A couple of months ago, we learned Dirk would be the subject of a documentary that was two years in the making. It premiered in September in Germany, and while it has not been released to the United States yet, Dirk has said that there are talks to do that with an English-dubbed version of the film.
But in the meantime, for those of you who don't speak German, here's a review/recap of the documentary.
The Legend of Dirk...as a movie!
This documentary is yet another affirmation of a well known fact: Yes, Dirk is indeed this very likable, friendly and down-to-earth next door guy and NBA superstar. This is hardly news for Mavs fans, but it is still a joy to watch. It's what makes him special among his peers, and it's the reason why we love and identify with him.
Clearly, the German director, who is known for his documentaries on the Third Reich and the Klitschko twins, adores his subject. His film has become something of a monument, an homage and tribute to Dirk as a human being and a basketball player.
Granted unprecedented access for the last two years, the 105-minute movie is a detailed, charming and -- only at times -- cheesy roundup of Dirk's fairy tale-like story, chronicling his transformation from a shy, self-doubting Bavarian rookie to NBA champ and man of the people. Along the ride, we meet the Nowitzki family, former German and US teammates, his Mavs foster mother, Mark Cuban, ESPN's Marc Stein, Barack Obama, his Nike agent and blue collar father among many others.(Speaking of his dad, in the Nowitzki household, Dirk's finals MVP trophy has to take a backseat to a Handball Cup his daddy had won some 50 years ago.)
Accolades by Kobe
Sure enough, all of those listed above rave about his achievements and character. Even Kobe gushes about Dirk's skills, his work ethic and says that in terms of dedication to their craft they both are on par. Is there higher praise that Nowitzki can receive from one of his peers?
Dirk's low points are not left out: his tragic liaison with con artist Chrissie, the depressing defeat in the 2006 Finals, and his long lasting battle to be finally (fair or unfair) recognized as a winner are all included.
On top of grainy tennis, handball and basketball video footage, we also get rare glimpses into Dirk's present private life. There he is on a bowling alley getting dissed by his friends for his poor play. There he is on the clay court, dropping another ace and singing his own praises. There is his Kenyan-Swedish sweetheart and wife who subtly mocks her husband's stiffness and remembers the one time when she asked him to dress as Martina Navratilova for a costume party. "Done!," Nowitzki answers.
The mad scientist
The secret star of the movie is the wondrous and weird Holger Geschwinder, Dirk's discoverer, teacher, mentor, agent, shot doctor, psychologist and friend.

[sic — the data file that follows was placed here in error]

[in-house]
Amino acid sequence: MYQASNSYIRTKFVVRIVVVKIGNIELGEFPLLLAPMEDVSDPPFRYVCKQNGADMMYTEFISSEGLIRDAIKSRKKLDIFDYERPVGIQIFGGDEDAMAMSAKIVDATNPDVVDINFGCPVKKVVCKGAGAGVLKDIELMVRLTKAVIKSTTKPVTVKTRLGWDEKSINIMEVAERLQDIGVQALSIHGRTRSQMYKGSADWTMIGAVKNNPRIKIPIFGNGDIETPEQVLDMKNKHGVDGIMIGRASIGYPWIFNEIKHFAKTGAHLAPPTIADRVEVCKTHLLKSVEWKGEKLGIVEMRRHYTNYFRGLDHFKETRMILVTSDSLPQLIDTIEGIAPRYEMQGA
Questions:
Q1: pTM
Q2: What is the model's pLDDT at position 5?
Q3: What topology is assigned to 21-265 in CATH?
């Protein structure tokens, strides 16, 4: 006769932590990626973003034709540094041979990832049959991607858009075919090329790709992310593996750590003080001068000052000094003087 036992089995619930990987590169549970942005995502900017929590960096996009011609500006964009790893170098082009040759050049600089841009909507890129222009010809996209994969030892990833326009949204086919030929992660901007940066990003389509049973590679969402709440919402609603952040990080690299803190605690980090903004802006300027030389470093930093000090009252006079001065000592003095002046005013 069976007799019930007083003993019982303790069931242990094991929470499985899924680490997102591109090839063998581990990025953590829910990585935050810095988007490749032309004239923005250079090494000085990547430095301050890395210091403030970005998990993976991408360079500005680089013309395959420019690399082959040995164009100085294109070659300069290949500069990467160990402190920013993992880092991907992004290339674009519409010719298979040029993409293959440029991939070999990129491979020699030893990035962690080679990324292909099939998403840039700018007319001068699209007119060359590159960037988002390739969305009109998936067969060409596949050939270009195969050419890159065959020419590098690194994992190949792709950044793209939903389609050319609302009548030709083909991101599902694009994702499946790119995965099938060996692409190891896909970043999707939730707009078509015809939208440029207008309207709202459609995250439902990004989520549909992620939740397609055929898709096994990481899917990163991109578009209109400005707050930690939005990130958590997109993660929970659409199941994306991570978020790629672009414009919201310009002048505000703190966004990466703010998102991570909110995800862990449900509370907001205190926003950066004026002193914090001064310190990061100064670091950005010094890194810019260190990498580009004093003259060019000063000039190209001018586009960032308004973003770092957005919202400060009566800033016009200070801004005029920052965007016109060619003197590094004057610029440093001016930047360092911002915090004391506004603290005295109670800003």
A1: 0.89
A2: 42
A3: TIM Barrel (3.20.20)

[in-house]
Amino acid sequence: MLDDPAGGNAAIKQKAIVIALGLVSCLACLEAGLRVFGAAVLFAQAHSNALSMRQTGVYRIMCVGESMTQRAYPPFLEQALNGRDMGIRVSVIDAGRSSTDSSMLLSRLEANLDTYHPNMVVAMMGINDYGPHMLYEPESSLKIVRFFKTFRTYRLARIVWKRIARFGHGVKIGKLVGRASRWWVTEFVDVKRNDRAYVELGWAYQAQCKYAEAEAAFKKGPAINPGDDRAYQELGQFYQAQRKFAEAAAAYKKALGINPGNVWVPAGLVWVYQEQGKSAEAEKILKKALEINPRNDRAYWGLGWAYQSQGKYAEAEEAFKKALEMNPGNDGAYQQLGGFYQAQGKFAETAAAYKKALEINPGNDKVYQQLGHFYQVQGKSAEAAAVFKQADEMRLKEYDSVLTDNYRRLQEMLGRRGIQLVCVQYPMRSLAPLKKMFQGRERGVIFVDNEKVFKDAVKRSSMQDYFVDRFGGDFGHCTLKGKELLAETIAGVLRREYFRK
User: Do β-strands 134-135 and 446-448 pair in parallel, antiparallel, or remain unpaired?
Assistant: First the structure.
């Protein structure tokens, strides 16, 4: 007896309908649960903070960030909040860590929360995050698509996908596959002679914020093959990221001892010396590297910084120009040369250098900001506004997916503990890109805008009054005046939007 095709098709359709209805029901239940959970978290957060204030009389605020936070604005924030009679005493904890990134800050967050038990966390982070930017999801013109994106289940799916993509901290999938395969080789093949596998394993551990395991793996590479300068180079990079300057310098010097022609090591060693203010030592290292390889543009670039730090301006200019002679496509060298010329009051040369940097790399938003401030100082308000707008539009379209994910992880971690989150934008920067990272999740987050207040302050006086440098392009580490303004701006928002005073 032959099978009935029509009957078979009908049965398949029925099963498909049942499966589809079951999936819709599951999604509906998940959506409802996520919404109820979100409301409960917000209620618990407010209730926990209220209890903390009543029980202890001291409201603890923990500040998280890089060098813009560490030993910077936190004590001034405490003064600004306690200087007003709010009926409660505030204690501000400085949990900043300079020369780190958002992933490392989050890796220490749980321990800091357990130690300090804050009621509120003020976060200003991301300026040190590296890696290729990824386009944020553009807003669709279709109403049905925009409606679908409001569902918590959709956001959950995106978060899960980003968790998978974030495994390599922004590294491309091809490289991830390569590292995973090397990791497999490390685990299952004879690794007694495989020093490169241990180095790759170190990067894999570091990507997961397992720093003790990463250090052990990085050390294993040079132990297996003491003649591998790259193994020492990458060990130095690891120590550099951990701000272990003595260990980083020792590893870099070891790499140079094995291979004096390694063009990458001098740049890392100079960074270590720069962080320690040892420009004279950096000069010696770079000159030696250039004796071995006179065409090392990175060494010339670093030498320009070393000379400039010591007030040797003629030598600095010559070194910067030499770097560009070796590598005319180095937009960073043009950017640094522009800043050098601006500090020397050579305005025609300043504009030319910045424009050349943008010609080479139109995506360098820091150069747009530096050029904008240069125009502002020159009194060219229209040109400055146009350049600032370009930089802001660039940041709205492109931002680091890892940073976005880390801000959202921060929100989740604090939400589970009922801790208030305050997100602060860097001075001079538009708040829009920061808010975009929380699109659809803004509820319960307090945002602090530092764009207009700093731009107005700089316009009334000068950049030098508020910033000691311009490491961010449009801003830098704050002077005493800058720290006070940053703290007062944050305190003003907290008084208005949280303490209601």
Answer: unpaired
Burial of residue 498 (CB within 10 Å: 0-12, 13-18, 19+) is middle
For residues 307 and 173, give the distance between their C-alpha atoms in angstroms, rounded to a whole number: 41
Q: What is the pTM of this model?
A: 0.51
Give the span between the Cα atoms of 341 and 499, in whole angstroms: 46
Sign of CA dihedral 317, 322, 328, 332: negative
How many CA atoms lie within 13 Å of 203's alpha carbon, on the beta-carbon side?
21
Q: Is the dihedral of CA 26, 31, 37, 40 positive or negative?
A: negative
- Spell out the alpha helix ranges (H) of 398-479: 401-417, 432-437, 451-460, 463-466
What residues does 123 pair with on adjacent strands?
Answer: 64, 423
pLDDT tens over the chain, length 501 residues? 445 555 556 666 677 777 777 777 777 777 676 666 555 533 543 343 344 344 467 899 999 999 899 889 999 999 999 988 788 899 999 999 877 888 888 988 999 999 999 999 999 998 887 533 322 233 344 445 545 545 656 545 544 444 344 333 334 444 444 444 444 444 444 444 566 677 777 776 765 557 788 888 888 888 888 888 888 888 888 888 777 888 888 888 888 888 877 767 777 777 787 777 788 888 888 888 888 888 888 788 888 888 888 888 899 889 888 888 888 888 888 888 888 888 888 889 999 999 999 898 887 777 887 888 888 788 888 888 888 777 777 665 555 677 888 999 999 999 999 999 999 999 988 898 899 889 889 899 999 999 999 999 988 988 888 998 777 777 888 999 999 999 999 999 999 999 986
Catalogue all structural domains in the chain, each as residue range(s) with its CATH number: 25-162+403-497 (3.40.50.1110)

To say Geschwinder does things differently would be an understatement. Here follows my top 7 Holger fun facts that are revealed in the film:
- He studies the correlation between basketball and jazz, and researches the perfect trajectory of a jump shot with the help of some special computer software.
- He once scored 100 points in a Bundesliga game.
- The often wordless communication between him and Dirk is described by Dirk's wife as "telepathy".
- He does not need credentials for the NBA Finals. He just walks in.
- He is known for wearing that same smelly sweater for days. (He just does not care.)
- The "toolbox": He adds one new element to Dirk's game every summer in this old and tiny village gym.
- Rick Carlisle confesses that it is okay for him if Holger shows up at a team practice and grabs Dirk in order to work with him alone. (Carlisle says that with a smile and a shoulder shrug, and I love him for that.)
Same old Dirk
Not to repeat myself, but what stands out most in this documentary is how freaking likable this guy is. Dirk tells us that the NBA recently did some study where he came out as the most marketable guy in the whole league! And yet, he has only two sponsors, because he does not want to be "pulled through the arena by a nose ring in the summer."
Or try this gem: While on summer vacation in Würzburg, his mother always goes to the ATM to get him some pocket money. Yeah, he behaves like a mama's boy, but kind of in a tongue-in-cheek heart-melting kind of way. And when he has to reflect upon his stardom, he says things like: "Yeah, well, I am relatively good at putting a ball in a basket."
So watch it, won't you?
Mike Liem is a writer based in Germany and can be reached at firstname.lastname@example.org. Thanks to Mike for contributing the excellent recap and look behind the scenes at Dirk.